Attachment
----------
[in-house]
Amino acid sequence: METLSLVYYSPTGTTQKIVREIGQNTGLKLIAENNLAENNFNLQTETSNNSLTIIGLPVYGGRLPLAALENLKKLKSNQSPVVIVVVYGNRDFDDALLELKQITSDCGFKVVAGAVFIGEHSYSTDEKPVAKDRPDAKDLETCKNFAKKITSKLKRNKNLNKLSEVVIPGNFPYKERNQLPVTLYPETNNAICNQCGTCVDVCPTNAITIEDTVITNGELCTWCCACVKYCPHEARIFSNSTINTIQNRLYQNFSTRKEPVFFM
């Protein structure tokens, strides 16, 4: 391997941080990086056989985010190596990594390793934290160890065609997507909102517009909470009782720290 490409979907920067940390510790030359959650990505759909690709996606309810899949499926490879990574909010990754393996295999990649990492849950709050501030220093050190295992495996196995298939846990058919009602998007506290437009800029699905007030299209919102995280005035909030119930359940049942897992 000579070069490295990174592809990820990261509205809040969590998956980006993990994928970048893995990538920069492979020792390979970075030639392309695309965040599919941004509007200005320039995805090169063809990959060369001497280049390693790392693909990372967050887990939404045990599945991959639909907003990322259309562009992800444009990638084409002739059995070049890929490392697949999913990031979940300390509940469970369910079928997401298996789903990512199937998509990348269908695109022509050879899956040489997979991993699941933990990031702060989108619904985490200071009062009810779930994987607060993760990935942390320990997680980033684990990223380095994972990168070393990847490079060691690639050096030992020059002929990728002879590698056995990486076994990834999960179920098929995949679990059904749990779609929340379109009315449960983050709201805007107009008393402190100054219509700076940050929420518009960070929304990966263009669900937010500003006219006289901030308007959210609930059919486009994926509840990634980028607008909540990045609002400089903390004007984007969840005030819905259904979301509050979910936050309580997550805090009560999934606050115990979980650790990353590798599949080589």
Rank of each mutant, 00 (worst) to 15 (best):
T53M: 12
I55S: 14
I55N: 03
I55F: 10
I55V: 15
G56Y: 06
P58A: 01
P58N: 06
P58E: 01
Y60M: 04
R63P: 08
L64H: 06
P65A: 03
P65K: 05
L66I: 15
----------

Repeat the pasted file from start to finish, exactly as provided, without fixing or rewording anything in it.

[in-house]
Amino acid sequence: METLSLVYYSPTGTTQKIVREIGQNTGLKLIAENNLAENNFNLQTETSNNSLTIIGLPVYGGRLPLAALENLKKLKSNQSPVVIVVVYGNRDFDDALLELKQITSDCGFKVVAGAVFIGEHSYSTDEKPVAKDRPDAKDLETCKNFAKKITSKLKRNKNLNKLSEVVIPGNFPYKERNQLPVTLYPETNNAICNQCGTCVDVCPTNAITIEDTVITNGELCTWCCACVKYCPHEARIFSNSTINTIQNRLYQNFSTRKEPVFFM
């Protein structure tokens, strides 16, 4: 391997941080990086056989985010190596990594390793934290160890065609997507909102517009909470009782720290 490409979907920067940390510790030359959650990505759909690709996606309810899949499926490879990574909010990754393996295999990649990492849950709050501030220093050190295992495996196995298939846990058919009602998007506290437009800029699905007030299209919102995280005035909030119930359940049942897992 000579070069490295990174592809990820990261509205809040969590998956980006993990994928970048893995990538920069492979020792390979970075030639392309695309965040599919941004509007200005320039995805090169063809990959060369001497280049390693790392693909990372967050887990939404045990599945991959639909907003990322259309562009992800444009990638084409002739059995070049890929490392697949999913990031979940300390509940469970369910079928997401298996789903990512199937998509990348269908695109022509050879899956040489997979991993699941933990990031702060989108619904985490200071009062009810779930994987607060993760990935942390320990997680980033684990990223380095994972990168070393990847490079060691690639050096030992020059002929990728002879590698056995990486076994990834999960179920098929995949679990059904749990779609929340379109009315449960983050709201805007107009008393402190100054219509700076940050929420518009960070929304990966263009669900937010500003006219006289901030308007959210609930059919486009994926509840990634980028607008909540990045609002400089903390004007984007969840005030819905259904979301509050979910936050309580997550805090009560999934606050115990979980650790990353590798599949080589």
Rank of each mutant, 00 (worst) to 15 (best):
T53M: 12
I55S: 14
I55N: 03
I55F: 10
I55V: 15
G56Y: 06
P58A: 01
P58N: 06
P58E: 01
Y60M: 04
R63P: 08
L64H: 06
P65A: 03
P65K: 05
L66I: 15